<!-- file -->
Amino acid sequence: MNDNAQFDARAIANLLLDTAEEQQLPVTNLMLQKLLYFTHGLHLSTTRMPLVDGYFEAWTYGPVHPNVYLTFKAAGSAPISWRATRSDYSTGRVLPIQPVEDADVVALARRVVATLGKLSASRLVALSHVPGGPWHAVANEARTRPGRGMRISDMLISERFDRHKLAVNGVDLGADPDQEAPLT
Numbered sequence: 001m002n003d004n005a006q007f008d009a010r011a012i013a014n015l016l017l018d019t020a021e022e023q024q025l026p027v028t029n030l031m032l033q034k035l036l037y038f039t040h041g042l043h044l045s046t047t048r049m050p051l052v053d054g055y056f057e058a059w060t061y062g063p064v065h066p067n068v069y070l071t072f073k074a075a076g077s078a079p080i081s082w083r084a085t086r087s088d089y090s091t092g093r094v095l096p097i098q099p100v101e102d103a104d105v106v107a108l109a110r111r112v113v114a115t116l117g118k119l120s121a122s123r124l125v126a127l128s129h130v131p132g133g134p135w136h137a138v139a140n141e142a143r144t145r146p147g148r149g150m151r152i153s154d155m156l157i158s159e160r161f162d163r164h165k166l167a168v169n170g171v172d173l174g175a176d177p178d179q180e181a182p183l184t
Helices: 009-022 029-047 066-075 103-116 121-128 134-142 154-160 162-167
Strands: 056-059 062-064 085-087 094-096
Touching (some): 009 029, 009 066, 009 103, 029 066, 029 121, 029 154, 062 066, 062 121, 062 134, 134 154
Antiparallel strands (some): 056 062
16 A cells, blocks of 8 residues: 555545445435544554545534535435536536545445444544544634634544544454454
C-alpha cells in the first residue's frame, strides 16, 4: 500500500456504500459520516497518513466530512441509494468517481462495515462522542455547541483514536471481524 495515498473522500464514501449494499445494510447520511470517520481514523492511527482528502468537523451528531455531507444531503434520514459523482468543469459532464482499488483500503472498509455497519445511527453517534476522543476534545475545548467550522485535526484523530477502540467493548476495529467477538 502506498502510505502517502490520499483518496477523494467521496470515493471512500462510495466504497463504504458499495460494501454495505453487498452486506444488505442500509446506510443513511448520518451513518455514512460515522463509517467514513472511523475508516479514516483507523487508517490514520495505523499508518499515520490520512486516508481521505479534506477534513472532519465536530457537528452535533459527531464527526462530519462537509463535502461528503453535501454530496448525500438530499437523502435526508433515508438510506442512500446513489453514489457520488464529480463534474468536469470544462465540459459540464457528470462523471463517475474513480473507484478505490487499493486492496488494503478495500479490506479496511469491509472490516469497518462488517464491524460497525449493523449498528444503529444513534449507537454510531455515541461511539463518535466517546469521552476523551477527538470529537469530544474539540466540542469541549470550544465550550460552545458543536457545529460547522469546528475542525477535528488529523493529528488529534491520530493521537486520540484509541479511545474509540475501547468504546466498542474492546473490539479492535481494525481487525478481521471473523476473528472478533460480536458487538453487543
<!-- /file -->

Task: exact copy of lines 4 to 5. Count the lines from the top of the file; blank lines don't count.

Strands: 056-059 062-064 085-087 094-096
Touching (some): 009 029, 009 066, 009 103, 029 066, 029 121, 029 154, 062 066, 062 121, 062 134, 134 154